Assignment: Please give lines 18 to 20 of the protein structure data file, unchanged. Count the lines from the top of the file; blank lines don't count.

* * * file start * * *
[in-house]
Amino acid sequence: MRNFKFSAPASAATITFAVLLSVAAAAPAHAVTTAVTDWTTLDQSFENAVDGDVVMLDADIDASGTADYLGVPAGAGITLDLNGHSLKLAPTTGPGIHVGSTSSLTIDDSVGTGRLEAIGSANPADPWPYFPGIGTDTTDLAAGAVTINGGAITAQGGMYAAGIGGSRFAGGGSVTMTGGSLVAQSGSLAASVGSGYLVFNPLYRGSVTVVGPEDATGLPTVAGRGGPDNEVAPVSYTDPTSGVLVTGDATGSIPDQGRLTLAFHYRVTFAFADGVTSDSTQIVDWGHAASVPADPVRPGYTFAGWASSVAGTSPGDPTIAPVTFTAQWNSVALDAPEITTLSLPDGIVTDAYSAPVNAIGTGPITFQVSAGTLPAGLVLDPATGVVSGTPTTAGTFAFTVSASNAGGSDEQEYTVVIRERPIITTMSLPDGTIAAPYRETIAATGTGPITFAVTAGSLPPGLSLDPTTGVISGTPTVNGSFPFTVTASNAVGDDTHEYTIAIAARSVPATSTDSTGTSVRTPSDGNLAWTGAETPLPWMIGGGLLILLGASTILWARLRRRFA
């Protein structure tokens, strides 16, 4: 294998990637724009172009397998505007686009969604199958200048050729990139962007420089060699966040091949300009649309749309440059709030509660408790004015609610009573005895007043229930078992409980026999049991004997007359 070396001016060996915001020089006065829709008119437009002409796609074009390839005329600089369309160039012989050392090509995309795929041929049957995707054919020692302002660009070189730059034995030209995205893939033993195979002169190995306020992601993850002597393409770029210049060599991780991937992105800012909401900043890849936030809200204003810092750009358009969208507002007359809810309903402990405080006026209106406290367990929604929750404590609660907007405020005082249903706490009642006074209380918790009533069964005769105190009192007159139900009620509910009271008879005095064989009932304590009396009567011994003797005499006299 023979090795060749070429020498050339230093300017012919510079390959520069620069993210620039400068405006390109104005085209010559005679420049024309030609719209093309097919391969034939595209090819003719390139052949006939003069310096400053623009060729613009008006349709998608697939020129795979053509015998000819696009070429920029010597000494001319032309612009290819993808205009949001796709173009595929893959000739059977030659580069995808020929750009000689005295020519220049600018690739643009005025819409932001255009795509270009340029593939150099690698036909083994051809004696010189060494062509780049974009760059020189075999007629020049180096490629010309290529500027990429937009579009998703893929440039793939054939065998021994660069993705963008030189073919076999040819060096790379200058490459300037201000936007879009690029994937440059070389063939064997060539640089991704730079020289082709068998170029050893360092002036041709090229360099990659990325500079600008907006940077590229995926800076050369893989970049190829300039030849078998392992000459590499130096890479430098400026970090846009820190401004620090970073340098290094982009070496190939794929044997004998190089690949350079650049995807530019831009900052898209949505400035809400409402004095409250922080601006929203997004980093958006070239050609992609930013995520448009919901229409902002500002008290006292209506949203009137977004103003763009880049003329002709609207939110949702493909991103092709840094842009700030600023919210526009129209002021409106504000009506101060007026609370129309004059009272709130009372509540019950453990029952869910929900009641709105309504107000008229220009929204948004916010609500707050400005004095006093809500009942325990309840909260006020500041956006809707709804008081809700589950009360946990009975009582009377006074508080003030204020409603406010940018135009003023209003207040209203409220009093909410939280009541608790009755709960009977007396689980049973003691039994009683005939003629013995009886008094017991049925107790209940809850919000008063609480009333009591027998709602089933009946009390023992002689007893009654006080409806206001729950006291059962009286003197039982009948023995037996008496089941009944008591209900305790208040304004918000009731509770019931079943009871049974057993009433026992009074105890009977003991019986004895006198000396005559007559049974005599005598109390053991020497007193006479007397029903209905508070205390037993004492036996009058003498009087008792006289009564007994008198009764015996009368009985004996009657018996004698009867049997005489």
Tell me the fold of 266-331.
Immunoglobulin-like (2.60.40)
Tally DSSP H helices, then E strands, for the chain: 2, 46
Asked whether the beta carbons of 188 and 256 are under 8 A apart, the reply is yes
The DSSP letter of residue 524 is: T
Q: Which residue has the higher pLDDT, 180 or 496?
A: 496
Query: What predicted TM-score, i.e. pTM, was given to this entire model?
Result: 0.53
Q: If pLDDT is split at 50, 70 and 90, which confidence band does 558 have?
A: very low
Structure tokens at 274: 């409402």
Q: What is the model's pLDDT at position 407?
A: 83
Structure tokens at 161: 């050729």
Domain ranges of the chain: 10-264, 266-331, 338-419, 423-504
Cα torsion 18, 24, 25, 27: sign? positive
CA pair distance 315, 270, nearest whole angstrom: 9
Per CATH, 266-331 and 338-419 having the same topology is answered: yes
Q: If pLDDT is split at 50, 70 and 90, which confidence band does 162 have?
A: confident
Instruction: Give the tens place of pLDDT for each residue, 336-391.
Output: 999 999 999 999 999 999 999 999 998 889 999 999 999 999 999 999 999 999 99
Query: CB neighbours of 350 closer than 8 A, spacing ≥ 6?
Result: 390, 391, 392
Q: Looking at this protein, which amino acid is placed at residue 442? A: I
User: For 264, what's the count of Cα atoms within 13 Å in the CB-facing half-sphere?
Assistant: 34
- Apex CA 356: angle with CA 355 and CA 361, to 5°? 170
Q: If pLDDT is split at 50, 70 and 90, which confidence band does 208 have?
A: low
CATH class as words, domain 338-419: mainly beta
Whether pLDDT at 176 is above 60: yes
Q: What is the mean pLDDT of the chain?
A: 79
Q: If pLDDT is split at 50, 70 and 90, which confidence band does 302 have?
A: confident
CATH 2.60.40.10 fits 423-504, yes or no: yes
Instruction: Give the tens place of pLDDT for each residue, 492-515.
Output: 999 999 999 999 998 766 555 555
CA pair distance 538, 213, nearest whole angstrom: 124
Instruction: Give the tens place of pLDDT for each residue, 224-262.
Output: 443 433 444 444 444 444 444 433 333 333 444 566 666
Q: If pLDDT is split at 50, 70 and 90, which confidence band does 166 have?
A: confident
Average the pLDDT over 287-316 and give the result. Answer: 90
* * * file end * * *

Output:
Structure tokens at 161: 């050729």
Domain ranges of the chain: 10-264, 266-331, 338-419, 423-504
Cα torsion 18, 24, 25, 27: sign? positive